Grandpa, what are the seven last words?
Oh, my, Elijah, that’s a strange question for this season.
Why? What’s a ‘season’?
A season is a period of days or weeks, a period of time. Right now we’re in the Advent season and Christmas season is almost here.
Okay, thanks. So . . . why is a question about the seven words strange for this season?
Because the Seven Last Words are from Good Friday. This isn’t Holy Week; we’re getting ready for Christmas.
That’s not what my baby-sitter says! She says the seven last words are diversity, fetus, transgender, vulnerable, entitlement, science-based, and evidence-based. We’re never ever supposed to use those words again. Are those curse words, Grandpa?
No, Elijah, they’re not curse words. But the ones who told the Center for Disease Control not to use seven words anymore are cursers. They’re substituting their seven words for Jesus’s seven last words.
The Centers for Disease Control and Prevention (CDC) reportedly received a list from the Trump administration on Dec. 14 consisting of seven words or phrases that will be banned in all official documents prepared for 2018’s budget. Many in the U.S., both those who work in public health and concerned citizens alike, are struggling to come to grips with the nature of the terms that are being censored.
The seven forbidden words or phrases are: “evidence-based,” “science-based,” “vulnerable,” “entitlement,” “diversity,” “transgender,” and “fetus.”– Futurism.com.
Grandpa, I was a fetus just seven months ago. Oops! I shouldn’t have used that word!
Yes, and you’re still very vulnerable. But, according to the You-Know-Who Administration, we’re not supposed to talk about that.
So those are the ‘Seven Last Words’?
No, those are seven words that the CDC is not supposed to use anymore in its 2018 budget preparations, but the “Seven Last Words” are very different. We’re Christians, Elijah. We listen to the news with the Seven Last Words from the cross ringing in our ears.
So…we’re supposed to consider the ‘seven words’ of the You-Know-Who Administration in light of the ‘Seven Last Words’?
Yes, Elijah. Yes. And they’re very different.
So…was Jesus a scientist? What did he say from the cross, Grandpa, and what’s a cross?
No, Jesus wasn’t a scientist, but he loved the truth, just like real scientists do. A cross was the means of a state execution, Elijah. It was the way the Roman Empire killed people who got in the way of their agenda. Lots of people were executed during Jesus’s time. Jesus was executed. In our tradition, there are seven words he spoke from the cross.
Okay, I’m starting to get the picture. So what were the ‘Seven Last Words’?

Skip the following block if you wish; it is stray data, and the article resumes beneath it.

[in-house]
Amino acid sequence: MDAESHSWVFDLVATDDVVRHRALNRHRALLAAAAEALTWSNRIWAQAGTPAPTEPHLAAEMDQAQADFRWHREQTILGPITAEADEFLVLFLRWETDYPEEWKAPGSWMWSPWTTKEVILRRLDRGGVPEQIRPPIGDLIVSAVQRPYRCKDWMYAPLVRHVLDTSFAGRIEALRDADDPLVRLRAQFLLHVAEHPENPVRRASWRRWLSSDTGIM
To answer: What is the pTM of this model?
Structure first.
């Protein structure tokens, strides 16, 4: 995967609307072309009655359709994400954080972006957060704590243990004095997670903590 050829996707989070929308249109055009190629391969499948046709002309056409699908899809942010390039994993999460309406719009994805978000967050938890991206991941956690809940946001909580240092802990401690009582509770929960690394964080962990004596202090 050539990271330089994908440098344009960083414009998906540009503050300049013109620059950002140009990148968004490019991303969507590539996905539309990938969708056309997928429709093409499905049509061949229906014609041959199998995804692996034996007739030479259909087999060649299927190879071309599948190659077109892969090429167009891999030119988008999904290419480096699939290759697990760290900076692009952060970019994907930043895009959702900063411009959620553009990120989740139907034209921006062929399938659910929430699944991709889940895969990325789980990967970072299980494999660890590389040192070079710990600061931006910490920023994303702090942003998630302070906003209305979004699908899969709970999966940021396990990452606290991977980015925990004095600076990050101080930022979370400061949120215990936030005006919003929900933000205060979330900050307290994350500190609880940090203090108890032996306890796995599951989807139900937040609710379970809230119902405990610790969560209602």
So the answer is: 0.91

Okay. Remember these and share them with Marissa tomorrow at day care.
- Father, forgive them, for they know not what they do.
- Today you will be with me in paradise.
- Behold your son: behold your mother.
- My God, my God, why have you forsaken me?
- I thirst.
- It is finished.
- Father, into your hands I commit my spirit.
So does God forgive the You-Know-Who Administration because they don’t know what they’re doing?
Hmmm. Good question, Elijah. Sure looks to me like they know exactly what they’re doing, but even when we think we know what we’re doing, I guess we really don’t. And “Behold your son; behold your mother” was a ‘word’ spoken to Jesus’s vulnerable mother and his best friend, but, according to the You-Know-Who Administration we can’t say ‘vulnerable’ any more. All those words are ‘finished’.
Yeah! And that’s not right! I’m still little but I pay attention to the ‘Seven Last Words’. I’m going to be like Jesus’s friend. I’m going to take care of my vulnerable mother, Grandpa. Mom and I are vulnerable. Who’s going to take care of us if the You-Know-Who Administration doesn’t?
Like Jesus said, “into your hands I commit my spirit.” Remember, Elijah, the cross doesn’t have the last word. No one expected Easter. We live in resistance to cruelty with hope in a better tomorrow. It’s also the season of Chanuka, the Festival of Lights when our Jewish friends — always remember, Elijah, that Jesus was a Jew — light a new candle of hope every day to remember how an occupying power like the You-Know-Who Administration in the second century BCE was brought down by the Maccabean revolt. Thus us a season for hope, Elijah.
- Gordon C. Stewart (Grandpa Gordon), Chaska, MN, Dec. 19, 2017